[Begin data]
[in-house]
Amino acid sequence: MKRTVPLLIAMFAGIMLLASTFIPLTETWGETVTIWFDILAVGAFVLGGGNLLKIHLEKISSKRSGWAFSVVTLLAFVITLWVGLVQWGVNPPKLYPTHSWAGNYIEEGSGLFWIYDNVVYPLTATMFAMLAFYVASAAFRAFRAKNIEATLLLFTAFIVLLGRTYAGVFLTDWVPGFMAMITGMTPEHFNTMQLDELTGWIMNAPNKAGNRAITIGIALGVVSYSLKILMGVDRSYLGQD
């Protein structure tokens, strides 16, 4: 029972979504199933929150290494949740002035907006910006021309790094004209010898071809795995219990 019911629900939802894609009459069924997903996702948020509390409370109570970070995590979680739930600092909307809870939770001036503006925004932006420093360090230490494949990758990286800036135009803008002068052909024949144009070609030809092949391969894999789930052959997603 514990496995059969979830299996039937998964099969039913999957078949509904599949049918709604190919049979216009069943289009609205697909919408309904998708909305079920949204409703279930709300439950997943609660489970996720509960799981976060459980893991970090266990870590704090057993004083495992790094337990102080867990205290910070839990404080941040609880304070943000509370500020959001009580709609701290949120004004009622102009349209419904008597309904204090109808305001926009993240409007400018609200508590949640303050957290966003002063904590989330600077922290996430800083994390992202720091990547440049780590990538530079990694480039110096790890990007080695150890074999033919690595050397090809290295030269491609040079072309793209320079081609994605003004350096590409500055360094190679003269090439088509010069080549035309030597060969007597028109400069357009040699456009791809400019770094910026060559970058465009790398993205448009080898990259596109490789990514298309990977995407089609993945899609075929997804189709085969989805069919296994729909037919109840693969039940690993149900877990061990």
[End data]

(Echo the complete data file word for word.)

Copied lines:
[in-house]
Amino acid sequence: MKRTVPLLIAMFAGIMLLASTFIPLTETWGETVTIWFDILAVGAFVLGGGNLLKIHLEKISSKRSGWAFSVVTLLAFVITLWVGLVQWGVNPPKLYPTHSWAGNYIEEGSGLFWIYDNVVYPLTATMFAMLAFYVASAAFRAFRAKNIEATLLLFTAFIVLLGRTYAGVFLTDWVPGFMAMITGMTPEHFNTMQLDELTGWIMNAPNKAGNRAITIGIALGVVSYSLKILMGVDRSYLGQD
């Protein structure tokens, strides 16, 4: 029972979504199933929150290494949740002035907006910006021309790094004209010898071809795995219990 019911629900939802894609009459069924997903996702948020509390409370109570970070995590979680739930600092909307809870939770001036503006925004932006420093360090230490494949990758990286800036135009803008002068052909024949144009070609030809092949391969894999789930052959997603 514990496995059969979830299996039937998964099969039913999957078949509904599949049918709604190919049979216009069943289009609205697909919408309904998708909305079920949204409703279930709300439950997943609660489970996720509960799981976060459980893991970090266990870590704090057993004083495992790094337990102080867990205290910070839990404080941040609880304070943000509370500020959001009580709609701290949120004004009622102009349209419904008597309904204090109808305001926009993240409007400018609200508590949640303050957290966003002063904590989330600077922290996430800083994390992202720091990547440049780590990538530079990694480039110096790890990007080695150890074999033919690595050397090809290295030269491609040079072309793209320079081609994605003004350096590409500055360094190679003269090439088509010069080549035309030597060969007597028109400069357009040699456009791809400019770094910026060559970058465009790398993205448009080898990259596109490789990514298309990977995407089609993945899609075929997804189709085969989805069919296994729909037919109840693969039940690993149900877990061990």